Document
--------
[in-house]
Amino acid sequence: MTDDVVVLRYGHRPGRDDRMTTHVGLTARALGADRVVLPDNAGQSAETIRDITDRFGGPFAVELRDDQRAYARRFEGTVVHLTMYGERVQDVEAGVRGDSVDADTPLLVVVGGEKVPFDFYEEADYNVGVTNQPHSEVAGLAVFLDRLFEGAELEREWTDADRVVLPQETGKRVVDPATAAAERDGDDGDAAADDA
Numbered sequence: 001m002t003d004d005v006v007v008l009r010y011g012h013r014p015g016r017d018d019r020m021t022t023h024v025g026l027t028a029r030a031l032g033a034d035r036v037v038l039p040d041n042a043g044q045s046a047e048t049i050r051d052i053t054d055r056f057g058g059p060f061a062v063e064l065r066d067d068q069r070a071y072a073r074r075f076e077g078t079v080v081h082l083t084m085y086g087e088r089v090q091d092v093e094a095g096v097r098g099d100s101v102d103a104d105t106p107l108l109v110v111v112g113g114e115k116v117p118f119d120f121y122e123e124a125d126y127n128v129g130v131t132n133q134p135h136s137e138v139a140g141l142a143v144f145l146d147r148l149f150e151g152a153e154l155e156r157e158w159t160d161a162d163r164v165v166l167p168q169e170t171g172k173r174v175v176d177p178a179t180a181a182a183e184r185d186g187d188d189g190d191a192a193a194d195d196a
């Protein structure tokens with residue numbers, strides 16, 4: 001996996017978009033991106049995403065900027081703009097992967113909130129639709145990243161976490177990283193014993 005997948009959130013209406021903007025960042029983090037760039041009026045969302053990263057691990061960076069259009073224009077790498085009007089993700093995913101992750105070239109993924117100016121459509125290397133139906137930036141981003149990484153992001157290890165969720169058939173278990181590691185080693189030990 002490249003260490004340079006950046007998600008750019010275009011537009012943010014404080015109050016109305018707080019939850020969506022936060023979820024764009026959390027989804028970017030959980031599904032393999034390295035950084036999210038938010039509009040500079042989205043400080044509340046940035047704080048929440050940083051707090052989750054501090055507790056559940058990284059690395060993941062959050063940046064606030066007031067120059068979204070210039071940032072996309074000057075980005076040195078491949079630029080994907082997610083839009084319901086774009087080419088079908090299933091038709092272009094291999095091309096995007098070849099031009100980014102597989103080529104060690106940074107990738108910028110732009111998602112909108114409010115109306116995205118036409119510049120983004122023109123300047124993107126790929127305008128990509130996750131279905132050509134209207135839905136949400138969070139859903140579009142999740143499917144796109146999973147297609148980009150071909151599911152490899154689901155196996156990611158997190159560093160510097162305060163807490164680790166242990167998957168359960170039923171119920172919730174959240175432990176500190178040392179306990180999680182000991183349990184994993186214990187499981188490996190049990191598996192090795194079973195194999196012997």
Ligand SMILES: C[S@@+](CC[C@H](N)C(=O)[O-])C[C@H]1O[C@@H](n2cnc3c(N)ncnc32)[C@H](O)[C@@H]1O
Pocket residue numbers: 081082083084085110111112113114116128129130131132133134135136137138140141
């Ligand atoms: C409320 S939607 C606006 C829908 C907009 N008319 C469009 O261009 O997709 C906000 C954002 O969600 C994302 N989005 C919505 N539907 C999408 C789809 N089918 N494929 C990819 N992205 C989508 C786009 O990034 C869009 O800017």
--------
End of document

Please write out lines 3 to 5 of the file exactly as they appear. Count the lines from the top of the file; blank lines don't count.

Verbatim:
Numbered sequence: 001m002t003d004d005v006v007v008l009r010y011g012h013r014p015g016r017d018d019r020m021t022t023h024v025g026l027t028a029r030a031l032g033a034d035r036v037v038l039p040d041n042a043g044q045s046a047e048t049i050r051d052i053t054d055r056f057g058g059p060f061a062v063e064l065r066d067d068q069r070a071y072a073r074r075f076e077g078t079v080v081h082l083t084m085y086g087e088r089v090q091d092v093e094a095g096v097r098g099d100s101v102d103a104d105t106p107l108l109v110v111v112g113g114e115k116v117p118f119d120f121y122e123e124a125d126y127n128v129g130v131t132n133q134p135h136s137e138v139a140g141l142a143v144f145l146d147r148l149f150e151g152a153e154l155e156r157e158w159t160d161a162d163r164v165v166l167p168q169e170t171g172k173r174v175v176d177p178a179t180a181a182a183e184r185d186g187d188d189g190d191a192a193a194d195d196a
């Protein structure tokens with residue numbers, strides 16, 4: 001996996017978009033991106049995403065900027081703009097992967113909130129639709145990243161976490177990283193014993 005997948009959130013209406021903007025960042029983090037760039041009026045969302053990263057691990061960076069259009073224009077790498085009007089993700093995913101992750105070239109993924117100016121459509125290397133139906137930036141981003149990484153992001157290890165969720169058939173278990181590691185080693189030990 002490249003260490004340079006950046007998600008750019010275009011537009012943010014404080015109050016109305018707080019939850020969506022936060023979820024764009026959390027989804028970017030959980031599904032393999034390295035950084036999210038938010039509009040500079042989205043400080044509340046940035047704080048929440050940083051707090052989750054501090055507790056559940058990284059690395060993941062959050063940046064606030066007031067120059068979204070210039071940032072996309074000057075980005076040195078491949079630029080994907082997610083839009084319901086774009087080419088079908090299933091038709092272009094291999095091309096995007098070849099031009100980014102597989103080529104060690106940074107990738108910028110732009111998602112909108114409010115109306116995205118036409119510049120983004122023109123300047124993107126790929127305008128990509130996750131279905132050509134209207135839905136949400138969070139859903140579009142999740143499917144796109146999973147297609148980009150071909151599911152490899154689901155196996156990611158997190159560093160510097162305060163807490164680790166242990167998957168359960170039923171119920172919730174959240175432990176500190178040392179306990180999680182000991183349990184994993186214990187499981188490996190049990191598996192090795194079973195194999196012997």
Ligand SMILES: C[S@@+](CC[C@H](N)C(=O)[O-])C[C@H]1O[C@@H](n2cnc3c(N)ncnc32)[C@H](O)[C@@H]1O